- Johnson & Johnson will get help from the U.S. government to quickly advance a coronavirus vaccine candidate into clinical testing, announcing Tuesday an expanded agreement with the Biomedical Advanced Research and Development Authority, or BARDA.
- J&J is the only large pharmaceutical company to date to announce plans for developing a vaccine against the new coronavirus from China, which the World Health Organization said Tuesday would be named COVID-19.
- Per the agreement, BARDA will fund development through to Phase 1 testing, at which point the agency can decide whether to invest more. Notably, J&J said it would work to "upscale" its production and manufacturing capacity for any vaccine that might result from its research efforts.
More than a dozen drugmakers have announced plans to develop a vaccine against the virus that's spread from Wuhan, China, to 24 other countries and infected more than 43,000 people.
Missing from the group are the world's largest vaccine makers: Pfizer, Merck & Co., GlaxoSmithKline and Sanofi. (Although GSK has made available some of its technology to others working with the Coalition for Epidemic and Preparedness Innovations.)
J&J is the lone large pharma to have publicly begun work on a prophylactic treatment for the virus, which shares similarities with SARS and MERS. Its scale and manufacturing capacity would be vitally important if any of the five different constructs it's exploring against COVID-19 show signs of promise.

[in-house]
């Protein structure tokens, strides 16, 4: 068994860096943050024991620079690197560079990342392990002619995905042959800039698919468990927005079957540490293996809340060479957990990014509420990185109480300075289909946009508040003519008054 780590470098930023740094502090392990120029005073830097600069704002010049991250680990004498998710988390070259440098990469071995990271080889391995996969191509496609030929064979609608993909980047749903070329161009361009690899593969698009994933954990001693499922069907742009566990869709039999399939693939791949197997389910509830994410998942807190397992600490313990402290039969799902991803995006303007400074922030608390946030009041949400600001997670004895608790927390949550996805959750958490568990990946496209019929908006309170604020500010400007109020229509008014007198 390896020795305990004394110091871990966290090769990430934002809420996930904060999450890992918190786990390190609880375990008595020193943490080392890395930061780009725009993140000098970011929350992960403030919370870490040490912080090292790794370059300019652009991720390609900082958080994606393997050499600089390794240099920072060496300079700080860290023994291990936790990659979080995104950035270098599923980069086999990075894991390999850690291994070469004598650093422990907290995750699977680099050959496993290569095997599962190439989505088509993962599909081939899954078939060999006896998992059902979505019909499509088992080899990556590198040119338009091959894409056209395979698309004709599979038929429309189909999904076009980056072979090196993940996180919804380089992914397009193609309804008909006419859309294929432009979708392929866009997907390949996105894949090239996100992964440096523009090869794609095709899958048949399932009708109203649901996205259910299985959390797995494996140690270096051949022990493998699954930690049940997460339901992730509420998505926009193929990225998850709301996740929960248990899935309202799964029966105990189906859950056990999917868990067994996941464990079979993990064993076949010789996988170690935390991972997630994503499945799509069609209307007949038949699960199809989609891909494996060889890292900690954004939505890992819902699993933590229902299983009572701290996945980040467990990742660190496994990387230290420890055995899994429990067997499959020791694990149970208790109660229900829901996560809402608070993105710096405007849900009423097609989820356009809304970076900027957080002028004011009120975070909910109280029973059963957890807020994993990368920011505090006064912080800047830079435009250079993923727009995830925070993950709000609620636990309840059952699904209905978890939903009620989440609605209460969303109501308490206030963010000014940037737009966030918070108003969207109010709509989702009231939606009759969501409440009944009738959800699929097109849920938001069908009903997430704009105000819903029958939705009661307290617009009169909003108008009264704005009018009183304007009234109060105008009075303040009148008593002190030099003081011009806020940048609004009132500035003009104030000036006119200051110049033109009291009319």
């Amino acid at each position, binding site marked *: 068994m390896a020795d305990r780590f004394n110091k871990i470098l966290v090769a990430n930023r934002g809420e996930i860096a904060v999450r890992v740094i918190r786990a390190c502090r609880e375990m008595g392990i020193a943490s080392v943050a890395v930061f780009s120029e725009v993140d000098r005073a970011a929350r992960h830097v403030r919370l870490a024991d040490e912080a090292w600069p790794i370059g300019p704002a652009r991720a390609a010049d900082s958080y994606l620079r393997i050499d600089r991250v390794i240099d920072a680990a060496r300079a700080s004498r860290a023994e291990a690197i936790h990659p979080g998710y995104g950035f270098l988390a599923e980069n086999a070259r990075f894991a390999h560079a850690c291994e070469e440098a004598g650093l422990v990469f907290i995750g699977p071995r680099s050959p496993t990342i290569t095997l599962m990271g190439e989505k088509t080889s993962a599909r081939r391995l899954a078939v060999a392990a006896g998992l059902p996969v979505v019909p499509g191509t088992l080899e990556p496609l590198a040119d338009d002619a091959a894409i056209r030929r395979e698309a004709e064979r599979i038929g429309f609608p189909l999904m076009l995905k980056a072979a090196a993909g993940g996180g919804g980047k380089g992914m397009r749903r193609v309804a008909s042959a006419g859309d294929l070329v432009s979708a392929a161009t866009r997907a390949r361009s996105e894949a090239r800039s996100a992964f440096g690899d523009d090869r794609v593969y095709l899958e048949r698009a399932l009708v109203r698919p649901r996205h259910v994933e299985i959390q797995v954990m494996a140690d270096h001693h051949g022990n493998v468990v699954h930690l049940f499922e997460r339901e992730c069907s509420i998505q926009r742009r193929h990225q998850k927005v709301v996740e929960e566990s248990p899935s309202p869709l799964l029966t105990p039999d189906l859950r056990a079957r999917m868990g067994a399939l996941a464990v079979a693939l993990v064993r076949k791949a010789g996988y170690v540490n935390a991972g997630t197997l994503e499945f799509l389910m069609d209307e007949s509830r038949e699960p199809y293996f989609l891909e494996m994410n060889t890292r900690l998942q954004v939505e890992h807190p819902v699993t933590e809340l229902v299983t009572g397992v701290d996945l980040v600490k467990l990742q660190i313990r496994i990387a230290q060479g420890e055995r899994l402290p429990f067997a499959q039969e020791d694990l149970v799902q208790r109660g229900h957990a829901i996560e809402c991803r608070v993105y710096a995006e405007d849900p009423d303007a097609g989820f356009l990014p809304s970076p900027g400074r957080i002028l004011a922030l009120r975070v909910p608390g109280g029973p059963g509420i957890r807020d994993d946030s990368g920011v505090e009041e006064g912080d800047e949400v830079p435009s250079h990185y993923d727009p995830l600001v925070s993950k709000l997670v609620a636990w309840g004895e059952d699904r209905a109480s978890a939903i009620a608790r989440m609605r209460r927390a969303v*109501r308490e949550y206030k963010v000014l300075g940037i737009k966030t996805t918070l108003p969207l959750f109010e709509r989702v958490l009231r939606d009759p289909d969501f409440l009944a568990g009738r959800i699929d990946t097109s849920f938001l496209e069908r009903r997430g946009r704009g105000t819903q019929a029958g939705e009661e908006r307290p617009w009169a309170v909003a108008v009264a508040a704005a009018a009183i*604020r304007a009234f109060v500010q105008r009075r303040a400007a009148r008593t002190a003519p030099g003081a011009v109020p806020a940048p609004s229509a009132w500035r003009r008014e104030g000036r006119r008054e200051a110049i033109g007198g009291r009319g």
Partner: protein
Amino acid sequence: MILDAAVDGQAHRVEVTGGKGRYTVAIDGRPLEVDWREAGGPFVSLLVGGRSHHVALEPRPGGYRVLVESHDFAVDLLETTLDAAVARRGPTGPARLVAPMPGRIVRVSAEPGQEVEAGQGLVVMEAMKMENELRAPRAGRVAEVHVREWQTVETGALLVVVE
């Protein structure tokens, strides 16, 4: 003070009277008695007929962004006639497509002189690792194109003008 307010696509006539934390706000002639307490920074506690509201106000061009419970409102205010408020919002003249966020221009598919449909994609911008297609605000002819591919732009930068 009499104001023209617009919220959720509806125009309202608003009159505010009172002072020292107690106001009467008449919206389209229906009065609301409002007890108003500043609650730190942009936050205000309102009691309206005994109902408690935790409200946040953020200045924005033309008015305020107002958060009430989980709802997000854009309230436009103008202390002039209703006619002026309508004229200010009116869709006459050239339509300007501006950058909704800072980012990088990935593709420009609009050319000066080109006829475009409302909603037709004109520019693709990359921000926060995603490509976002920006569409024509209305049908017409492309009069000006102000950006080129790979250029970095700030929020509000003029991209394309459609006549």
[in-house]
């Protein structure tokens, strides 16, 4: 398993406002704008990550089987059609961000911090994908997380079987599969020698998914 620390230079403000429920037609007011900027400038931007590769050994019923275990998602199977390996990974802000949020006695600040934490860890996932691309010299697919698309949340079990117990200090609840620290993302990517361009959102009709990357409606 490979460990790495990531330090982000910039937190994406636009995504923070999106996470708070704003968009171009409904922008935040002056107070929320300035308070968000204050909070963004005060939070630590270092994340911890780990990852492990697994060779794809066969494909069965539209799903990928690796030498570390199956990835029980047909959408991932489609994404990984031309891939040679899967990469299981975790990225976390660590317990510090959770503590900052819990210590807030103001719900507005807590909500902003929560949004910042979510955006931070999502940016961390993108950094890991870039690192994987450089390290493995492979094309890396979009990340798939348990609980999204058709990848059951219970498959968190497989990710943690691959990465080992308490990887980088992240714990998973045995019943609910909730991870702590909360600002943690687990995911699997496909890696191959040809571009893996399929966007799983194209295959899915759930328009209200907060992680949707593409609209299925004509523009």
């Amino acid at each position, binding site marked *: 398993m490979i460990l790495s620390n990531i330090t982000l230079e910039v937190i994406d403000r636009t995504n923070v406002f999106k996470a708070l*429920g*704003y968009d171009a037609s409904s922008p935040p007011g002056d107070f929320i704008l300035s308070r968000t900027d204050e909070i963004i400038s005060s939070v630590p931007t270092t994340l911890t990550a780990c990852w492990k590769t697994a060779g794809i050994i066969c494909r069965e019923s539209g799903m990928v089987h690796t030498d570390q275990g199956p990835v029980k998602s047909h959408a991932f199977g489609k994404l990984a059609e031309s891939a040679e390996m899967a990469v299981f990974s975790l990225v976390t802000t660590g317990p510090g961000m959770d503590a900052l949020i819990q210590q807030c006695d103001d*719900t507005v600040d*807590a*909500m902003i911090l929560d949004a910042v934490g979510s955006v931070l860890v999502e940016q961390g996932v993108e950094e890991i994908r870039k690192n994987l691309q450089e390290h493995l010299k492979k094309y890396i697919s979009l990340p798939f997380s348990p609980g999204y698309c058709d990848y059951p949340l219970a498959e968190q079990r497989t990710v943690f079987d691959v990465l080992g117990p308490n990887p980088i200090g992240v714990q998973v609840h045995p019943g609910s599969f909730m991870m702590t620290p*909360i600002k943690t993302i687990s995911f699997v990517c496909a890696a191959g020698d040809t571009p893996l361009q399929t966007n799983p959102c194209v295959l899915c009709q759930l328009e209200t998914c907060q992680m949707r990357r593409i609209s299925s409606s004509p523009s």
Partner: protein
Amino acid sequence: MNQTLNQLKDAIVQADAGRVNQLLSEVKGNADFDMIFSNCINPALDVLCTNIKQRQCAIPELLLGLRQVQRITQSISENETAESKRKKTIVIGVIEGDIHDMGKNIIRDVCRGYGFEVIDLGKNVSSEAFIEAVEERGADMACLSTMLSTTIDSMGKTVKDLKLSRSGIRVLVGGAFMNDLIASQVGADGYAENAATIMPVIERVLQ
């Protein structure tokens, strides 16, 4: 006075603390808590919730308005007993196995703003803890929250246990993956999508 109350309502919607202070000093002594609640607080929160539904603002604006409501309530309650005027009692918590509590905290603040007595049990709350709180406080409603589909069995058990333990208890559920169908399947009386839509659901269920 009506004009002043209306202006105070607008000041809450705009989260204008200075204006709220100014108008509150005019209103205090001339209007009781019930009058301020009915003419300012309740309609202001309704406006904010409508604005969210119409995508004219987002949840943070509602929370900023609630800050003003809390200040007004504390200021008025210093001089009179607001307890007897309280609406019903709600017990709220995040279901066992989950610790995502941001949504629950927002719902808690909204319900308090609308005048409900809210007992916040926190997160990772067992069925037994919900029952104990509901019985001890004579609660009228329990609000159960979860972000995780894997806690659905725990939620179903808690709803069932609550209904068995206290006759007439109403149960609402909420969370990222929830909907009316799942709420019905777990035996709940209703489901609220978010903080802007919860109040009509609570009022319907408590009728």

In a statement, the drugmaker noted its experience in developing and manufacturing an experimental Ebola vaccine, which it has shipped to Rwanda and the Democratic Republic of the Congo. J&J has built up a stockpile of 1.5 million doses of that vaccine, according the company's website.
BARDA is also working with Regeneron on developing antibody-based treatments for the virus.
The National Institutes of Health, meanwhile, has partnered with the biotech Moderna on an mRNA vaccine, the first batch of which is undergoing analytical testing prior to being sent to the NIH for use in a Phase 1 study. Moderna, however, likely lacks the size and funds to manufacture any resulting vaccine.
Anthony Fauci, head of the National Institute of Allergy and Infectious Diseases, on Tuesday expressed his frustration that no major drugmaker has so far agreed to manufacture the vaccine, according to a report in STAT.
While Phase 1 testing could begin in the next month or two, proving Moderna's vaccine is effective will likely take a year or more, and there's no guarantee it will work. Testing of existing antiviral drugs like Gilead's remdesivir could move faster, but the public health response to the virus' spread will rely heavily on containment and tracing.